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The case to keep boxing in the service academies

01
Oct

The United States Military Academy at West Point, the United States Naval Academy at Annapolis and the United States Air Force Academy in Colorado Springs have boxing courses that are required for the young men who attend the academies. At Annapolis, women are required to participate in boxing classes too.

The New York Times ran a front-page article on Sept. 30 that focused on the concussions suffered in West Point’s boxing program. The thrust of the article was that these programs constitute a barbaric tradition that should end.

Boxing was installed as a required course at the United States Military Academy in 1905 at the suggestion of President Theodore Roosevelt. At West Point today, all plebes (first-year cadets) take a boxing class consisting of 19 45-minute “lessons” that prepare them for three “test” bouts.

Owing largely to similar requirements at Annapolis and Colorado Springs, the three service academies have won 28 of the past 33 National Collegiate Boxing Association championships.



Boxing is not required for students who enroll in the Reserve Officer Training Core at other colleges, nor is it part of the basic training for regular military enlistees.

In its article, The Times noted that there have been 97 documented concussions from boxing at West Point during the past three academic years. That equates to roughly three percent of all male plebes. The Air Force Academy has reported 72 concussions during that time frame and the Naval Academy 29.

The Times article further stated, “Minor concussions become major disruptions to cadets’ lives because West Point medical protocols require any cadet with a concussion to rest for at least two days, skipping all academic work, sports and military training.”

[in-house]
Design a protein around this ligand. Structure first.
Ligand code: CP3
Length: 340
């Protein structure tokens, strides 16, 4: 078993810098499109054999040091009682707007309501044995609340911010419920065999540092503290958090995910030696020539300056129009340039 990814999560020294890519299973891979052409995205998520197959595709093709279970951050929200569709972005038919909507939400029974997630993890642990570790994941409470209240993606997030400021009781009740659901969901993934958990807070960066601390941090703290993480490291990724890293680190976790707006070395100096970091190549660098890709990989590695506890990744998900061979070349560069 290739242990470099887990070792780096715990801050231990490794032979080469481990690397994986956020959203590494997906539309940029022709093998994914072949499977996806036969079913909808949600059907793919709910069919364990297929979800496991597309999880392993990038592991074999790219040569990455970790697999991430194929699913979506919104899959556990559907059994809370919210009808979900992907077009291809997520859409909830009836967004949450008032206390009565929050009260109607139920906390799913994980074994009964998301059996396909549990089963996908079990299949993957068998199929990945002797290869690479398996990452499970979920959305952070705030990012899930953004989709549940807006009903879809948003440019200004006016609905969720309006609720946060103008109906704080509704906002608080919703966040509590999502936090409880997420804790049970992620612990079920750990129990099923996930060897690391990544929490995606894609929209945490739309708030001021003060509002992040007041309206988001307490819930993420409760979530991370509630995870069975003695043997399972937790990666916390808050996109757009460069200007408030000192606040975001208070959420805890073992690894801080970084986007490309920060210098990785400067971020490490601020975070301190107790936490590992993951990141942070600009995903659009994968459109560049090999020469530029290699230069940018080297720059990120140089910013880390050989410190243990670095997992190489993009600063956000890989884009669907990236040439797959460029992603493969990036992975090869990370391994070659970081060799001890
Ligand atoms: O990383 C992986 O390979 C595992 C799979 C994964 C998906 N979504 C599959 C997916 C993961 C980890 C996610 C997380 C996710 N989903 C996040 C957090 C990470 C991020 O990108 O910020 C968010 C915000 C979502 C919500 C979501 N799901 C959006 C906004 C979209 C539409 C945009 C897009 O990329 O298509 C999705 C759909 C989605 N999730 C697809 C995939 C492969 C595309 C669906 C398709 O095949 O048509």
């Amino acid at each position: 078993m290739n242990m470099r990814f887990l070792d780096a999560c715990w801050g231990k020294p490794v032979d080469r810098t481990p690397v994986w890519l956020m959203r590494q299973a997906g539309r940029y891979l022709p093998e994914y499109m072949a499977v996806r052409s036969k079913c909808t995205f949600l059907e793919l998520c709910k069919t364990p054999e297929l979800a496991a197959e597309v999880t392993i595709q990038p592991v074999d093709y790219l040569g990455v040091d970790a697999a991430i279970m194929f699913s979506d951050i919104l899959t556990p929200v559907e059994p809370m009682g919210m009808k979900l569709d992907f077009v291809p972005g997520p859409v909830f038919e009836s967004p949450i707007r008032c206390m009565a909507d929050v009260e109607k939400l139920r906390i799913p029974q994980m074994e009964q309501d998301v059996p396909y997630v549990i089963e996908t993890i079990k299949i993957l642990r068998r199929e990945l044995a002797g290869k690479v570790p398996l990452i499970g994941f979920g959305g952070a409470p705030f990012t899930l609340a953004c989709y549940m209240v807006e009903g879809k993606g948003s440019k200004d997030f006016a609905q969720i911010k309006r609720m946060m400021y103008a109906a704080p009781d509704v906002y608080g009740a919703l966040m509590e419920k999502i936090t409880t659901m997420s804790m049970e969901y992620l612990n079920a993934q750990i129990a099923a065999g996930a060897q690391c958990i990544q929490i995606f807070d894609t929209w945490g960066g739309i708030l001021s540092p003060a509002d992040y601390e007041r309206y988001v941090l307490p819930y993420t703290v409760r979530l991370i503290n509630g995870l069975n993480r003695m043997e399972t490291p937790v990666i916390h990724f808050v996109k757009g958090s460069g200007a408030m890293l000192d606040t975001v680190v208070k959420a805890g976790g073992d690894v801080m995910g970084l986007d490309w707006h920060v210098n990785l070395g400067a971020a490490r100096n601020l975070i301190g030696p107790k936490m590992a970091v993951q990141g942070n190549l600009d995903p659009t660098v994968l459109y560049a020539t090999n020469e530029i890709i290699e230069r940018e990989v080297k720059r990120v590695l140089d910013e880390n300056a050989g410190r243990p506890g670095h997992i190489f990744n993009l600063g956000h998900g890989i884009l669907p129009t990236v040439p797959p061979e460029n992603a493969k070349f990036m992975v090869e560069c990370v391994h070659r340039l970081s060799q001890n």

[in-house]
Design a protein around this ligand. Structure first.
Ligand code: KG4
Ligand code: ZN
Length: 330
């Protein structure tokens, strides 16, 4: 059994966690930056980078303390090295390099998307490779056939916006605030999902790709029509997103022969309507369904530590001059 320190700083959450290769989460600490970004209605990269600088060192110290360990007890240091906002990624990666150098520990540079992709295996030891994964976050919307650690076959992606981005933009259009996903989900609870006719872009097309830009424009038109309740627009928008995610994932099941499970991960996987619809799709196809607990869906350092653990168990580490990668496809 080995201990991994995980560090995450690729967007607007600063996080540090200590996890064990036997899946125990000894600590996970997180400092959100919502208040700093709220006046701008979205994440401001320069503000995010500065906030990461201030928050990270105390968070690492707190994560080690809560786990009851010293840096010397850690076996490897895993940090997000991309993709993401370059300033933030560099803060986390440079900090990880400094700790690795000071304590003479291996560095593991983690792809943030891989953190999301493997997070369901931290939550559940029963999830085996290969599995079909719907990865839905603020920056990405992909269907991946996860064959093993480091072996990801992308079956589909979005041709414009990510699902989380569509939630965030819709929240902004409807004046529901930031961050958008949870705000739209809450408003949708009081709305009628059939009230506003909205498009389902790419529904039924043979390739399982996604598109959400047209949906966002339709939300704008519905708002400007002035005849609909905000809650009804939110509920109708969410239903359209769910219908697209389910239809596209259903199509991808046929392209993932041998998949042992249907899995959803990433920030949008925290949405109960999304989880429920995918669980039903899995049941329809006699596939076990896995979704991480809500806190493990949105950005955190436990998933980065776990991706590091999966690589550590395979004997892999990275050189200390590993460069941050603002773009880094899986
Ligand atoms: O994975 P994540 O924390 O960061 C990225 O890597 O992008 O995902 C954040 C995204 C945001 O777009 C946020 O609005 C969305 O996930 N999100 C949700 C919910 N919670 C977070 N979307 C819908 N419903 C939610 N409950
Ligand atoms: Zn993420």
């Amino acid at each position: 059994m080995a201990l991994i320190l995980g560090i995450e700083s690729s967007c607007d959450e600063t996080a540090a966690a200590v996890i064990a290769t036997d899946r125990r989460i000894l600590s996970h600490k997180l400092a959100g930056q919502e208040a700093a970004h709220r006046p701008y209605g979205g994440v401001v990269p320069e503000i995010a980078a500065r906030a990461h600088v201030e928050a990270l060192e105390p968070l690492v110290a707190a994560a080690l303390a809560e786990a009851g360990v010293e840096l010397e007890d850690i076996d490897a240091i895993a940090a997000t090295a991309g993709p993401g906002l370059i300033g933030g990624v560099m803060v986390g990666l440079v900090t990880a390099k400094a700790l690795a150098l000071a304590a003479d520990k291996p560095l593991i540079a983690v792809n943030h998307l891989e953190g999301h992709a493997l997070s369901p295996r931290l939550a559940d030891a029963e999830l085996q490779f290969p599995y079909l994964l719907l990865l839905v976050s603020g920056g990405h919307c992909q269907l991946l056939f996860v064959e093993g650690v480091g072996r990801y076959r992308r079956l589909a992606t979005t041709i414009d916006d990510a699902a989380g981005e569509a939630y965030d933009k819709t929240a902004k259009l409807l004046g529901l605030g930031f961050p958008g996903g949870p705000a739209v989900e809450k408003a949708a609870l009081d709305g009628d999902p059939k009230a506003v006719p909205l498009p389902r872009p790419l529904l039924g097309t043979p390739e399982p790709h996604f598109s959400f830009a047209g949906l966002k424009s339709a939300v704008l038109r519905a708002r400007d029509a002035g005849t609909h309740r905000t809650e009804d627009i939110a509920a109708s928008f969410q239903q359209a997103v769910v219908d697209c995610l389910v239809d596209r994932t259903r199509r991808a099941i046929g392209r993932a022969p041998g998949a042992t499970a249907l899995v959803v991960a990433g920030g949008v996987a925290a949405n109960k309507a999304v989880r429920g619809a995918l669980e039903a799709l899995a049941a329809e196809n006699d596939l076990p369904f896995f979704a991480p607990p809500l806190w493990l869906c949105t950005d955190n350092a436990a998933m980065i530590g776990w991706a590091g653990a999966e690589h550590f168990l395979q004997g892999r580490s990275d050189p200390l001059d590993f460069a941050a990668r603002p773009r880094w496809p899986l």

And it quoted Brenda Sue Fulton (a West Point graduate who is chairwoman of West Point’s civilian advisory committee), who said, “There is an argument that whatever benefit a cadet gains from boxing, the cost of missing studies, of missing training, of becoming more vulnerable to injury down range, are detrimental to military readiness. It’s possible, by trying to prepare our cadets, we are making them less ready.”

You learn to think and make decisions under stress. You train your mind to not give up before your body does. Military combat is far more serious than boxing but some of the demands are the same. – Boyd Melson

Plebes who are forced to drop out of the cadet boxing course due to a concussion are required to complete the course the following year.

Are the required boxing courses a good idea?

Let’s start with the understanding that service-academy training is rigorous in other ways as well. The Times acknowledged that boxing is the cause of only 20 percent of the concussions suffered by West Point cadets and a quarter of the concussions suffered at Annapolis and Colorado Springs.

Moreover, the ultimate purpose of the boxing classes isn’t to teach boxing skills. It’s to instill mental toughness and teach disciplined aggression, to show young men how to face their fears and prepare them for that moment down the road in military combat when they have only themselves to rely on.